CAN CHINA AND JAPAN AVOID CONFRONTATION?
A Panel Discussion with
JAMES C. HSIUNG, Professor of Politics at New York University and author of numerous books and articles on East Asian international relations, including, most recently, Comprehensive Security: Challenge for Pacific Asia and Twenty-First Century World Order and the Asia Pacific
PETER ENNIS, Contributing Editor for The Oriental Economist Report and US Bureau Chief for its sister publication, Weekly Toyo Keizai, where his column Inside Americaï appears
JAMES NOLT, Senior Fellow, World Policy Institute
Even as commerce between China and Japan flourishes, some new tensions and memories of old conflicts continue to irritate relations between these two Asian economic giants. Bitter memories of the Japanese invasion of China during World War Two continually resurface, sometimes exacerbated by Japanese leaders’ visits to war shrines and official textbooks that gloss over wartime atrocities. Both powers claim offshore resources surrounding the uninhabited Diaoyutai/Senkaku Islands between Taiwan and Okinawa. Nationalists on both sides have recently demonstrated in support of these rival claims. China has also protested growing Japan’s cooperation with the U.S. in opposing no Chinese use of force to threaten Taiwan’s de facto independence. China claims Taiwan as a province and objects to other nations becoming involved. China also feels threatened by Japan’s cooperation with the U.S. to develop a ballistic missile defense system that might also be offered to Taiwan. Japan views its forces as defensive counters to China’s nuclear-armed missiles and other forces.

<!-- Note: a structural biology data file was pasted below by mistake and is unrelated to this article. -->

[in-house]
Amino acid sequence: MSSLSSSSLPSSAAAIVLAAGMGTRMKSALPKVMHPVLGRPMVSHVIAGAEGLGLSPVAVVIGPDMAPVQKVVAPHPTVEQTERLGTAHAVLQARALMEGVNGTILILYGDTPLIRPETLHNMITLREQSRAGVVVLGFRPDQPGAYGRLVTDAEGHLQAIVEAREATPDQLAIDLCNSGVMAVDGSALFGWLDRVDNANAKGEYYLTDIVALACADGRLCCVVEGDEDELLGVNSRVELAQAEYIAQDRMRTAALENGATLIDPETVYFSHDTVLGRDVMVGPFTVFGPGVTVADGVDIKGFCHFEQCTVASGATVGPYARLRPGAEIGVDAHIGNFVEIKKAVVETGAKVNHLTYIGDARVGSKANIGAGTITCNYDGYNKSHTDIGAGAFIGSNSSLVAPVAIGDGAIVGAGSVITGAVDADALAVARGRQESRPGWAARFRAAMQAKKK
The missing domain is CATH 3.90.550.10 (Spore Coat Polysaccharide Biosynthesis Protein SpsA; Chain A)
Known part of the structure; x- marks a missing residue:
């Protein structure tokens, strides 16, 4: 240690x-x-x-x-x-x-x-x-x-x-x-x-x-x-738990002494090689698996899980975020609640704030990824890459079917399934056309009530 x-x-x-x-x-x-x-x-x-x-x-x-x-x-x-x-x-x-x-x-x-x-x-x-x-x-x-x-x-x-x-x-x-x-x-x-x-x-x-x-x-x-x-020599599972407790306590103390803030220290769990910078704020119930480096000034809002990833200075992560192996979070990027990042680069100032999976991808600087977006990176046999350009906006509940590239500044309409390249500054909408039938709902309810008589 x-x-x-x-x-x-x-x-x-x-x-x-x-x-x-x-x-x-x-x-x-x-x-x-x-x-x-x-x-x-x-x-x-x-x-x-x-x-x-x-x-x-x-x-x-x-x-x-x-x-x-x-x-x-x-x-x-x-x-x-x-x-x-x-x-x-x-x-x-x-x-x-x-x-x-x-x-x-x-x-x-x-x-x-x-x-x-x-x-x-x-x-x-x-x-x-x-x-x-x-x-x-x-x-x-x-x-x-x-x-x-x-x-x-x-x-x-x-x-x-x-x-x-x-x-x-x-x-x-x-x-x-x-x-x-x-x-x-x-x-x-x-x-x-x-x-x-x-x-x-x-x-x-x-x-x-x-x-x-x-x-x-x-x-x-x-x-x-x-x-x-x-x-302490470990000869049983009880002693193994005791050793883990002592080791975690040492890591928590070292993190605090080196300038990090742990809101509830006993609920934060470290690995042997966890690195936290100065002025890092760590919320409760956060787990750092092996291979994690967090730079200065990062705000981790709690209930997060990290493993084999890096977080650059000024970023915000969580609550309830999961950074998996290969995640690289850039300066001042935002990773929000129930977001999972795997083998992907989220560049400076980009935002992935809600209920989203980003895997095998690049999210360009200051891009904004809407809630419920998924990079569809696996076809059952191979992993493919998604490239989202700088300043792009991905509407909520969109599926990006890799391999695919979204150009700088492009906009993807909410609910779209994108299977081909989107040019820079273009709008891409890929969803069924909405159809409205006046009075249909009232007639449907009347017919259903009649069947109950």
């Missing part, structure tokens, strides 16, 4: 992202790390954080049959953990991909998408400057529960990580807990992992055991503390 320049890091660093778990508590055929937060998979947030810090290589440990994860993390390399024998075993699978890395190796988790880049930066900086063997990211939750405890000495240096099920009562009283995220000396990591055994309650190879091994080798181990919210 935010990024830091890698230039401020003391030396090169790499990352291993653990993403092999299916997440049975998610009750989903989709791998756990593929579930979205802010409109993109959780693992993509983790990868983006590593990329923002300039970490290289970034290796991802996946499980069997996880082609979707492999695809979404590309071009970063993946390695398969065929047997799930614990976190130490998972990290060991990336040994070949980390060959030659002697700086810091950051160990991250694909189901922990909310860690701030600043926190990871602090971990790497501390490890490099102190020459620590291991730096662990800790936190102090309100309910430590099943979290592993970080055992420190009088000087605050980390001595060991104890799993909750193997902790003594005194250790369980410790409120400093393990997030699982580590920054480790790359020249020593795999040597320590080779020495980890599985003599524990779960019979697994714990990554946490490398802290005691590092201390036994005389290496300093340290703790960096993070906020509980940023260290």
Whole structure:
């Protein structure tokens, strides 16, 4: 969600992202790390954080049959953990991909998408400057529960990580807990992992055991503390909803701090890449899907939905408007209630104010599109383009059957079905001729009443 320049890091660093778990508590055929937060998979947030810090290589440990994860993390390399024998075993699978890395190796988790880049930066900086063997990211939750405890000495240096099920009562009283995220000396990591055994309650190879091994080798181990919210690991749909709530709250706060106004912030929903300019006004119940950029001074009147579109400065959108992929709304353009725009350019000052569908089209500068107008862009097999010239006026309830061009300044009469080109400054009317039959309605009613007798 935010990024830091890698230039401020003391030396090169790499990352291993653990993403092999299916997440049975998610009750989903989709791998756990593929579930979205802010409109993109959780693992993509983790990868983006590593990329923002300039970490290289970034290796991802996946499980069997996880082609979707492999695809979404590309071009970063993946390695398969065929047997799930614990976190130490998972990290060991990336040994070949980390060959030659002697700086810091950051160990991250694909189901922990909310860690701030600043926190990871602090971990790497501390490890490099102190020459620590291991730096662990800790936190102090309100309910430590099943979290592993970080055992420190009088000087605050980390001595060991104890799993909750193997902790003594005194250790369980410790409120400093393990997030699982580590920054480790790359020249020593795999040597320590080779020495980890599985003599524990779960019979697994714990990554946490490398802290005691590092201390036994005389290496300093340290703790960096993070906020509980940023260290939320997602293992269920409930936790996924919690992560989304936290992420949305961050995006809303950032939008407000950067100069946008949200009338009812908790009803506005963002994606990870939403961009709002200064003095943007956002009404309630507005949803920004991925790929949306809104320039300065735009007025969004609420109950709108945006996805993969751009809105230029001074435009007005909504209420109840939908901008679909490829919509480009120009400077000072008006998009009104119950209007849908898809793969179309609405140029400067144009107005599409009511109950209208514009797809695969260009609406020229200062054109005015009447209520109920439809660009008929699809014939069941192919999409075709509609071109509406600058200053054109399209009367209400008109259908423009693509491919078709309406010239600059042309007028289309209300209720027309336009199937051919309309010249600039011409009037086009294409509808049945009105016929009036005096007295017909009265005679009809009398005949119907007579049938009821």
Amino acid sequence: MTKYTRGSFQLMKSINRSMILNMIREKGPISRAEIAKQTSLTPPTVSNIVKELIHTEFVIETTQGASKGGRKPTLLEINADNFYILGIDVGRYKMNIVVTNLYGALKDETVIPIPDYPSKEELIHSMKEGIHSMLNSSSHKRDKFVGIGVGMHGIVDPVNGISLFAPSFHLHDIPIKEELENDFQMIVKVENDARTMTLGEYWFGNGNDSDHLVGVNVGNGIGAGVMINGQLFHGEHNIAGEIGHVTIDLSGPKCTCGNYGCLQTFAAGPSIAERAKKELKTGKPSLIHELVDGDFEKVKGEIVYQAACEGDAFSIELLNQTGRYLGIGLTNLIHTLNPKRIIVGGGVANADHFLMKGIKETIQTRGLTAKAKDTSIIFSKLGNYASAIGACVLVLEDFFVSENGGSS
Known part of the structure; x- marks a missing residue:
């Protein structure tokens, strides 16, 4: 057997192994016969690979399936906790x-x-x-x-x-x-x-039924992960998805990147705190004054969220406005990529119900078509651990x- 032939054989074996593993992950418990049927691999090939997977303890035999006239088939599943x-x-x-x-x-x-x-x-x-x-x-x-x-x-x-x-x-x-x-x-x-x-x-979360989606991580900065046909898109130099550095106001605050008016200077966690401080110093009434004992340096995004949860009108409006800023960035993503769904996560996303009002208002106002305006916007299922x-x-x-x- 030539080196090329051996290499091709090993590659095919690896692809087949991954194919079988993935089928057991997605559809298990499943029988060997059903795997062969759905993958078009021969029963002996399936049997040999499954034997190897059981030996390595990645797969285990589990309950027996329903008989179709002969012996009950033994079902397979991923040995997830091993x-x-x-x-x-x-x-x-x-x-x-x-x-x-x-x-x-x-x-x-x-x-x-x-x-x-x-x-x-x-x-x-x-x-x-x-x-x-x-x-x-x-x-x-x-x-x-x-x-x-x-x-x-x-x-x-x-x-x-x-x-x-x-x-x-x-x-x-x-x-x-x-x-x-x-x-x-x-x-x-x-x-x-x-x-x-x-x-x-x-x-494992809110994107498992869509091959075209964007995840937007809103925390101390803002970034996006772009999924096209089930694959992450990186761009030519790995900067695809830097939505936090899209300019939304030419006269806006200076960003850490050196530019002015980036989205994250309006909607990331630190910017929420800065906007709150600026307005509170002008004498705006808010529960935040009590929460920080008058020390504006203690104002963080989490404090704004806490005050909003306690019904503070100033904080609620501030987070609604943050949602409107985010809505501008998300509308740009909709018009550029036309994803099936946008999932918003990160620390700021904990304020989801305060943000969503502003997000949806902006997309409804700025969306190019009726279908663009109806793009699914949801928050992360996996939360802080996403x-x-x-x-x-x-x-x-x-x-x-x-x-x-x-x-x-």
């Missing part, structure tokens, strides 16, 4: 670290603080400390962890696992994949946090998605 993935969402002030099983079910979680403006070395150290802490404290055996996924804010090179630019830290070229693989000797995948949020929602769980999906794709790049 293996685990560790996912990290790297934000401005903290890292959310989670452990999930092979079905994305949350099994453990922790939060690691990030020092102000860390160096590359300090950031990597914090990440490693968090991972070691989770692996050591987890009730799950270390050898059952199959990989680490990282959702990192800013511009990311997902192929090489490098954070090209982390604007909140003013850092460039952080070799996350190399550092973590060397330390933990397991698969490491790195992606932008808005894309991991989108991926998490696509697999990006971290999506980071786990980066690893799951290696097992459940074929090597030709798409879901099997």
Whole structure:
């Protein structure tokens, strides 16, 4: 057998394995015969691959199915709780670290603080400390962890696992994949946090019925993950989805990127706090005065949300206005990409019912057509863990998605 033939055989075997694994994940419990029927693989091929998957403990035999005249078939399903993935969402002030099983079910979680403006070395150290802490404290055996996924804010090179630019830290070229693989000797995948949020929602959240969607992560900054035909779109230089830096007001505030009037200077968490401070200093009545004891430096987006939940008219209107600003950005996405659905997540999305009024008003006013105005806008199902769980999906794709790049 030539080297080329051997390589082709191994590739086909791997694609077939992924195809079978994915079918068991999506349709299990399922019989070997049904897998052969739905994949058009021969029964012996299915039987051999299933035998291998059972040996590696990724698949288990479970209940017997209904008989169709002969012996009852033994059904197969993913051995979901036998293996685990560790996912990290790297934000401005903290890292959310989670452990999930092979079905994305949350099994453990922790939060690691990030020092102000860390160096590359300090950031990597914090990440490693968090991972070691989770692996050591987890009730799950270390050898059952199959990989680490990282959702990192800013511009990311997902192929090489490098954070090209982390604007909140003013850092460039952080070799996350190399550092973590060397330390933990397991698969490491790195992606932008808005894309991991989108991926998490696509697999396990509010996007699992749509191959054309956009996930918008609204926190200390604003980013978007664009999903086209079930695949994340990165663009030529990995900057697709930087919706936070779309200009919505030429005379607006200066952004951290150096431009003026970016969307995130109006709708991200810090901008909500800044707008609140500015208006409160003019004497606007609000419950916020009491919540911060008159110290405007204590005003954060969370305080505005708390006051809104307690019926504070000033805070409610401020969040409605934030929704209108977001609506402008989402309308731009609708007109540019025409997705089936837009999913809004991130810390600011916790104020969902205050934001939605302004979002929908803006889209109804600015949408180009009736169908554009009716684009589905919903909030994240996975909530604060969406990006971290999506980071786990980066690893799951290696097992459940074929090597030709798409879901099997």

Thursday, April 14, 2005, 6:00-7:30PM . Swayduck Auditorium, First Floor, 65 Fifth Ave (between East 13th-14th).